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Journalism students gain global career experience in China

This summer, a group of students from the P.I. Reed School of Journalism set out for adventure halfway around the globe. They prepared throughout the spring semester with language classes and lessons on culture. But after almost a month abroad, the consensus was you can never truly be prepared for everything China has to offer.

A group of students from the P.I. Reed School of Journalism set out for adventure halfway around the globe

In short, “It was amazing!” according to Chelsea Sams, an advertising senior from Parkersburg, W.Va.

Harrison/Omnicom Visiting Professor Jim Ebel led the exchange trip, which was part of an expanding relationship between the School of Journalism (SOJ) and Guangdong University of Foreign Studies (GDUFS) in Guangzhou, Guangdong, China.

The month-long trip gave SOJ students the opportunity to study alongside Chinese students in a course entitled, “Frame, Fracture, Focus, Create, Campaign: Five steps to building a brand,” taught by Ebel at GDUFS. They also participated in internships at Chinese corporations where they learned about marketing and branding practices in Asia.Frame, Fracture, Focus, Create, Campaign: Five steps to building a brand

Sams says the opportunity to be part of the trip was initially offered to a select group of Ebel’s students in fall 2012. Although she was hesitant at first, she asked herself, “When am I ever going to have this chance again?”

During the spring semester, the students took preparatory language and culture classes taught by Chinese graduate students at WVU.

“They told us, ‘Remember, China is a completely different place from the U.S.,’ and they were right,” said Sams.

While in China, Sams interned with four other IMC students for a company called Writing & Reading, which provides advertisements for a Chinese company similar to Amazon.com. The WVU team was tasked with attracting traffic to the website by using a popular Chinese online card game in which players could earn points to redeem for products.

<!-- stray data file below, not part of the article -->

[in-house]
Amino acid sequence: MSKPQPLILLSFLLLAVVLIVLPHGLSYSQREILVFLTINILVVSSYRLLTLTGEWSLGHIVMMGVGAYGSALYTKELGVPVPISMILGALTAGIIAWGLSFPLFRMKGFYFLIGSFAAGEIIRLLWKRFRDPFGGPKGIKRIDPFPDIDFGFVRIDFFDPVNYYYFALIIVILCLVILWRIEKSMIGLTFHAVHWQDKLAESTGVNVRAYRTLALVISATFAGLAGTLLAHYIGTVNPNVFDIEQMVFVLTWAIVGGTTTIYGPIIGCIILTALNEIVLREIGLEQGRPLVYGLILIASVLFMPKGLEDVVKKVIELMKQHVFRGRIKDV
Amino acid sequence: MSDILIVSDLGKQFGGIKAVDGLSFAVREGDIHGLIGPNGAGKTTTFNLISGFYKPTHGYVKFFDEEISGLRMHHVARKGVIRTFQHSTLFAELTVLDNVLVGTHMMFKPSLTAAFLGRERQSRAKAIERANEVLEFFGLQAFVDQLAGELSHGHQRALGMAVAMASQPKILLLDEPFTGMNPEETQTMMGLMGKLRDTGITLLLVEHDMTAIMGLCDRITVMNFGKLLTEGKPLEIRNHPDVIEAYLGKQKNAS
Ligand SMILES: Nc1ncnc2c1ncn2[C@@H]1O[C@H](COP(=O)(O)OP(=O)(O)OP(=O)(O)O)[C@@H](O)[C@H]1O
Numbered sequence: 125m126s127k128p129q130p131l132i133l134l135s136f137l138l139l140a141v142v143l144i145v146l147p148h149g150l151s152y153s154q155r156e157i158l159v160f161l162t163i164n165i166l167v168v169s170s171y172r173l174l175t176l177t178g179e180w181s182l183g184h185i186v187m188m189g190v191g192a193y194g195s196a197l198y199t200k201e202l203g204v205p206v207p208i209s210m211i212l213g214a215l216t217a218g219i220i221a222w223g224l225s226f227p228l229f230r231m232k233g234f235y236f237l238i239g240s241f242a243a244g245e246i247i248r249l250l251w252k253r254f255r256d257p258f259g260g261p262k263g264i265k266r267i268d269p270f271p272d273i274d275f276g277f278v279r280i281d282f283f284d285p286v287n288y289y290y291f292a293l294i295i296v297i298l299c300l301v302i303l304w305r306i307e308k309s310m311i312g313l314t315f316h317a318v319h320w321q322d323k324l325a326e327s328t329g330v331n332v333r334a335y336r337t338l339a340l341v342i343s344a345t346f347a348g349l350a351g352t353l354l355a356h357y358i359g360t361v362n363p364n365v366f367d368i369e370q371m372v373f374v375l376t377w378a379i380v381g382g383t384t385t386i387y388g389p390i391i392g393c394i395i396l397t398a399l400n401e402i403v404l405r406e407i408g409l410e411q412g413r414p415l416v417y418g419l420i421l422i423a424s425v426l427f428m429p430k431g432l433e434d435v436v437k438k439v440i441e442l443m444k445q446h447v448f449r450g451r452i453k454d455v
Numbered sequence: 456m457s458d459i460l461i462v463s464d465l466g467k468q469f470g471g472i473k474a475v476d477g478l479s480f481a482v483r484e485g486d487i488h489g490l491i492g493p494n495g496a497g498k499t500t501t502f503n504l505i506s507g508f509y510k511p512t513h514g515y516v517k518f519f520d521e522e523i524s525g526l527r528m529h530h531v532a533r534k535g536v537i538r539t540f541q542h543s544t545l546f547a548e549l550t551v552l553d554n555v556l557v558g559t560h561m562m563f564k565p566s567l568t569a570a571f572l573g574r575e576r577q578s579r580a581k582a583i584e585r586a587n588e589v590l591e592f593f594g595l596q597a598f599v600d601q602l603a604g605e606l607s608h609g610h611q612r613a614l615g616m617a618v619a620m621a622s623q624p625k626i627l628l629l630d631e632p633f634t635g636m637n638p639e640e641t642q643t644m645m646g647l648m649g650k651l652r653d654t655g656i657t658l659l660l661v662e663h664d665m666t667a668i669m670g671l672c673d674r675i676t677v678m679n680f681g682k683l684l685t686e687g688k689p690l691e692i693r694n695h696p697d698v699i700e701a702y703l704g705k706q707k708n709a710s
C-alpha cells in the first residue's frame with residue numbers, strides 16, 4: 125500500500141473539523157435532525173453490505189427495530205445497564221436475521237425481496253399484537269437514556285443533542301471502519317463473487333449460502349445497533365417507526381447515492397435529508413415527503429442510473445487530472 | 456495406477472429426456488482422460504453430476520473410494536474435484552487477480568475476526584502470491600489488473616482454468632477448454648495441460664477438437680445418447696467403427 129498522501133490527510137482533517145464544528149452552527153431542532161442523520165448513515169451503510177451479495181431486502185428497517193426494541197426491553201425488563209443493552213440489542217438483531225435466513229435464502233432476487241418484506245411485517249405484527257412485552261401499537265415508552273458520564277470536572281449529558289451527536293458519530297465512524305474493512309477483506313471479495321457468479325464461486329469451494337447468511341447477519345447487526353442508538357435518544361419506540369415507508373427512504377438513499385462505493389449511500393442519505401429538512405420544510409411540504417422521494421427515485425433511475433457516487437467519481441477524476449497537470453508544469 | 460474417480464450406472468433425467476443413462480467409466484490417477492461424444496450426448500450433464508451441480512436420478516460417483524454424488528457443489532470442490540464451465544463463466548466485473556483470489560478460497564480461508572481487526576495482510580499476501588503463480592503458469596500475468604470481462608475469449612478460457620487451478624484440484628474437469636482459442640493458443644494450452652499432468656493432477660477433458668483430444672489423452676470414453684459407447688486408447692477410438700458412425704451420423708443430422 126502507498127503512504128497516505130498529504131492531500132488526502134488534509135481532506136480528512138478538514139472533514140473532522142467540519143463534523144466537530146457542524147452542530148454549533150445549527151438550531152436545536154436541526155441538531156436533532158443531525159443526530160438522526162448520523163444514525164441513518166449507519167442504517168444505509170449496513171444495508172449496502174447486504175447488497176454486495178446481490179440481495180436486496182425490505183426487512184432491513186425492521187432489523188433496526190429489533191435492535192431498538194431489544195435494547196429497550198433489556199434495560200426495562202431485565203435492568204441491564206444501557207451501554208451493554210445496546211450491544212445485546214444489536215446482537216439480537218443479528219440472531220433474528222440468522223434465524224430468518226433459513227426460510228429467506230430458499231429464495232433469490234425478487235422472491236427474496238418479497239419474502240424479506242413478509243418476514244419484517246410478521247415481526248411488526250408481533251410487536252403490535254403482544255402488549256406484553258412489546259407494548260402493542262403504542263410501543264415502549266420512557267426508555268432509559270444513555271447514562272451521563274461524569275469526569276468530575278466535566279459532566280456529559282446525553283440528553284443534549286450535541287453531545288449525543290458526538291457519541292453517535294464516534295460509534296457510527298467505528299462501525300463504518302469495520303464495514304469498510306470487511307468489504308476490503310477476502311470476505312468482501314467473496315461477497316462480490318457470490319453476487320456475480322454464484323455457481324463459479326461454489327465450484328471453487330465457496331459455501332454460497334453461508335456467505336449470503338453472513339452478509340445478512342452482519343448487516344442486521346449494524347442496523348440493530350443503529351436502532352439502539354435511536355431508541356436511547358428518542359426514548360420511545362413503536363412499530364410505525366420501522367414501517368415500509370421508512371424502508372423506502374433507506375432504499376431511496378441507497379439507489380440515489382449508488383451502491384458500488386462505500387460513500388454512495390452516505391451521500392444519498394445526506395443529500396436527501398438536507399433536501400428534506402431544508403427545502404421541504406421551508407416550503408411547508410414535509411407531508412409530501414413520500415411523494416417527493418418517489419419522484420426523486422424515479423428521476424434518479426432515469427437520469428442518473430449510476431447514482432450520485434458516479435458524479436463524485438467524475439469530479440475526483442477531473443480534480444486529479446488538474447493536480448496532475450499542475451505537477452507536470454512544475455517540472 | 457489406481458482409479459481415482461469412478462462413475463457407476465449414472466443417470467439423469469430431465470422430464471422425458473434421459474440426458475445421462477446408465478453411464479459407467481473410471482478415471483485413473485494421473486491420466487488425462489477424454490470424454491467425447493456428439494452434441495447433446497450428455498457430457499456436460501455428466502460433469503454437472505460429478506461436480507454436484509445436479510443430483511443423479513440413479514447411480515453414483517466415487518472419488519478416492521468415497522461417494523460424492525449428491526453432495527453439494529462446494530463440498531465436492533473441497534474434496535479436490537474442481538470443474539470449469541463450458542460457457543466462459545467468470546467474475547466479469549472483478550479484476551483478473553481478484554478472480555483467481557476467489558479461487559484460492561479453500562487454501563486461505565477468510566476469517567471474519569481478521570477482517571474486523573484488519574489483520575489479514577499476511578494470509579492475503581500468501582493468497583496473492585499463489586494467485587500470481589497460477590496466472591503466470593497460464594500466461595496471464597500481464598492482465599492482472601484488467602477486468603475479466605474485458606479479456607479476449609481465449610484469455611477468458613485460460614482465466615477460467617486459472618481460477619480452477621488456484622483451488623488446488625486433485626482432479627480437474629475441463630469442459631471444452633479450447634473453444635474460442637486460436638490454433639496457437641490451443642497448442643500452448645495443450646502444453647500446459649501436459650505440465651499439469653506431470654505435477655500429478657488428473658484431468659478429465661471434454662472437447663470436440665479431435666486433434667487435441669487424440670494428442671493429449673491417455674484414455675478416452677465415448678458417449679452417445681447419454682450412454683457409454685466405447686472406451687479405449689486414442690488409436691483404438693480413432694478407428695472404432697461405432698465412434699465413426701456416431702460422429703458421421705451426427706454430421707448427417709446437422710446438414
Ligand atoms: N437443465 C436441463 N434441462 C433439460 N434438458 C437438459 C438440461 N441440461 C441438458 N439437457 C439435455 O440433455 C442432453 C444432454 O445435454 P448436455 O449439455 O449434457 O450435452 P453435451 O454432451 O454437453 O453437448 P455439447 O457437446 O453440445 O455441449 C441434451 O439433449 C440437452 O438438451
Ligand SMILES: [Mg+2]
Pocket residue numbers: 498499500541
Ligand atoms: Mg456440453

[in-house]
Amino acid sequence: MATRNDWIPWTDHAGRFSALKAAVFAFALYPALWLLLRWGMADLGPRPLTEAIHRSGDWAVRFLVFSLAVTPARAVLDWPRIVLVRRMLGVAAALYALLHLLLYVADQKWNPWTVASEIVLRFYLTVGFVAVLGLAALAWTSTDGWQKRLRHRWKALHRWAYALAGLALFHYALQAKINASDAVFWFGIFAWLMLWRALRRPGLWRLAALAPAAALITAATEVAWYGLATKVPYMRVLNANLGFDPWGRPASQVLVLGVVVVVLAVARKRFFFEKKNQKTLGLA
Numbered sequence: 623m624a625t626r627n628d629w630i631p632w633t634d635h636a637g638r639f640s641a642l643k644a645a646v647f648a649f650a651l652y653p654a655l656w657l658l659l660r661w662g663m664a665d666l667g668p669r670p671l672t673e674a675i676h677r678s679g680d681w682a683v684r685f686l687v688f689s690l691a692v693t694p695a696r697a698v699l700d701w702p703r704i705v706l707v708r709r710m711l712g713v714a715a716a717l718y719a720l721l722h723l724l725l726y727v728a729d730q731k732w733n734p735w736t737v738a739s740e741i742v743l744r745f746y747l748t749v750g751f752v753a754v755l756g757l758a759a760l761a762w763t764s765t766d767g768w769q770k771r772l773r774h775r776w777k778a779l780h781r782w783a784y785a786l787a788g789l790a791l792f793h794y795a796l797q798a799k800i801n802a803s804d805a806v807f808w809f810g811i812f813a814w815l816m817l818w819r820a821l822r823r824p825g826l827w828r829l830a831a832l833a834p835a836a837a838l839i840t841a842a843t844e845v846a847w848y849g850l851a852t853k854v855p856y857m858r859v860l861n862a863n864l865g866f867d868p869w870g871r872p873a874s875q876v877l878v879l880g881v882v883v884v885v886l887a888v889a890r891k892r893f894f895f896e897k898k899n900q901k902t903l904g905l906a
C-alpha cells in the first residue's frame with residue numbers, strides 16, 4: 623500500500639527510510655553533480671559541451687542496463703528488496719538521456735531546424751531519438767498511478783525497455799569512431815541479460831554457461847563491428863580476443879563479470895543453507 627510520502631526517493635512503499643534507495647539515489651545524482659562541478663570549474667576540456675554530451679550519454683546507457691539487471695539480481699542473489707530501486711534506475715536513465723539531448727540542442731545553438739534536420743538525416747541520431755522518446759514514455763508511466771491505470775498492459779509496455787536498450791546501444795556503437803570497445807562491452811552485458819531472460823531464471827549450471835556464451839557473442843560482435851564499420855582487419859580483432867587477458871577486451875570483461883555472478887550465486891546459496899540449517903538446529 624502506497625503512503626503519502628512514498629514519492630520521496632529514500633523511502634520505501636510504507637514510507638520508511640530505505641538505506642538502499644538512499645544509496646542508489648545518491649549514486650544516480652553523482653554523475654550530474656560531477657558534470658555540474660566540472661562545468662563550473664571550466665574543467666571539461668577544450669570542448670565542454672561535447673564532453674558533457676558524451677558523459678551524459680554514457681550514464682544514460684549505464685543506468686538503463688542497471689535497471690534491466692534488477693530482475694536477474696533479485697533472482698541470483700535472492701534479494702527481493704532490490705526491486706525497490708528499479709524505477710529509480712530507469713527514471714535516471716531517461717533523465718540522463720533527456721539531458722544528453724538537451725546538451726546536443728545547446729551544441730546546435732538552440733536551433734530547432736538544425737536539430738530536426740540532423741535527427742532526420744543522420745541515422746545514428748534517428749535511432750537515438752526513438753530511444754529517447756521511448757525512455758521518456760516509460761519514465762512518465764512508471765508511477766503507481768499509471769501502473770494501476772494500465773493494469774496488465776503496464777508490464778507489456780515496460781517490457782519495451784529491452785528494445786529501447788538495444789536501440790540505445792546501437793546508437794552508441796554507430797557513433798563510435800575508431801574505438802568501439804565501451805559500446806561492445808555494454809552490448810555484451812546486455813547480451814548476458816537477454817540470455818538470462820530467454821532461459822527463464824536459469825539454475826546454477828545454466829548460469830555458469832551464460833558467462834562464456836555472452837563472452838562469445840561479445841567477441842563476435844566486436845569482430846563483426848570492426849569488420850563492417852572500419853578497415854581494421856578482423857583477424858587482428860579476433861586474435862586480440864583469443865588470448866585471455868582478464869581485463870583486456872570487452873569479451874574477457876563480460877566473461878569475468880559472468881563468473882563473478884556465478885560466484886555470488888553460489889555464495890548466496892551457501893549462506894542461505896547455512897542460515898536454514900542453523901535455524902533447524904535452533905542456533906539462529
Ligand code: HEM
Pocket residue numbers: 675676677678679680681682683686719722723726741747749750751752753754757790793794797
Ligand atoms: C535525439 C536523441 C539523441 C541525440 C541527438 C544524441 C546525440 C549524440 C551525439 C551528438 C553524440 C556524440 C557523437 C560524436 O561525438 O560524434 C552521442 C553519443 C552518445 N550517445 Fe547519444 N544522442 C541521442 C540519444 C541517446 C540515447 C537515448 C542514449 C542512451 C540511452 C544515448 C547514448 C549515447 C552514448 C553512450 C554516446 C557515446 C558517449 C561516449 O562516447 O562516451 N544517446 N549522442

Jordan O’Brian, an advertising junior from Damascus, Md., worked with another WVU team for Bawell Health, an alternative medicine supplier. Bawell executives were interested in American students’ insights on how to market their products to the United States.

Ebel says this type of educational experience gives students a new perspective, which can have tremendous benefits.

“These students now have a real advantage over their peers when entering the market upon graduation,” he said. “The integrated marketing communications world is global, and emerging markets are where many IMC organizations expect to generate growth and expand. The next generation of IMC leaders will be ones who are globally focused. The students who participated in this exchange have a head start.”

In addition to learning first-hand about Chinese corporate culture, students were fully immersed in everyday living in China. This, too, makes them stronger and more experienced, says Ebel.

“From navigating the cultural nuances of Chinese business and getting to work on time on a public transit system to collaborating with their Chinese peers and experiencing new sights, sounds and unusual foods, they all were profoundly changed,” said Ebel.

Sams and O’Brian

The group also managed to squeeze in some sightseeing before heading back to the United States. After completing their short internships, they took a bullet train to Beijing and, from there, trekked to the Great Wall.

“It was awe-inspiring,” O’Brian said. “I was amazed.”

But, Ebel says, this part of the trip was about more than sightseeing.

“Their personal brand narrative has more depth and breadth because they didn’t just see China, they experienced life and business there,” said Ebel. “That translates to greater confidence, and it will help insure that they become leaders – with great jobs – upon graduation.”

The faculty-led summer program is an expansion of the original memorandum of understanding between WVU and GDUFS signed in 2011. The agreement also includes a student-exchange program, giving SOJ students the opportunity to study alongside their Chinese peers at Guangdong University’s School of Journalism and Communication. In exchange, students from China can study at WVU’s School of Journalism.

SOJ participantsIn addition to Sams and O’Brian, other SOJ participants included Josh Bryant-Gainer of Shenandoah Junction, W.Va.; Jihyung Lee of Morgantown, W.Va.; Yijia Wang of Beijing, China; Scott Claggett of Salisbury, Md.; Julia Swindells of Rockville, Md.; Lindsey Lambert of Bluefield, W.Va.; and Lauren Nickle of Elkton, Md. Two other WVU students also participated: marketing student Kelsey Purcell from Spotsylvania, Va., and art student Jenna Britton of Flushing, Ohio.

You can view the official release at WVU Today.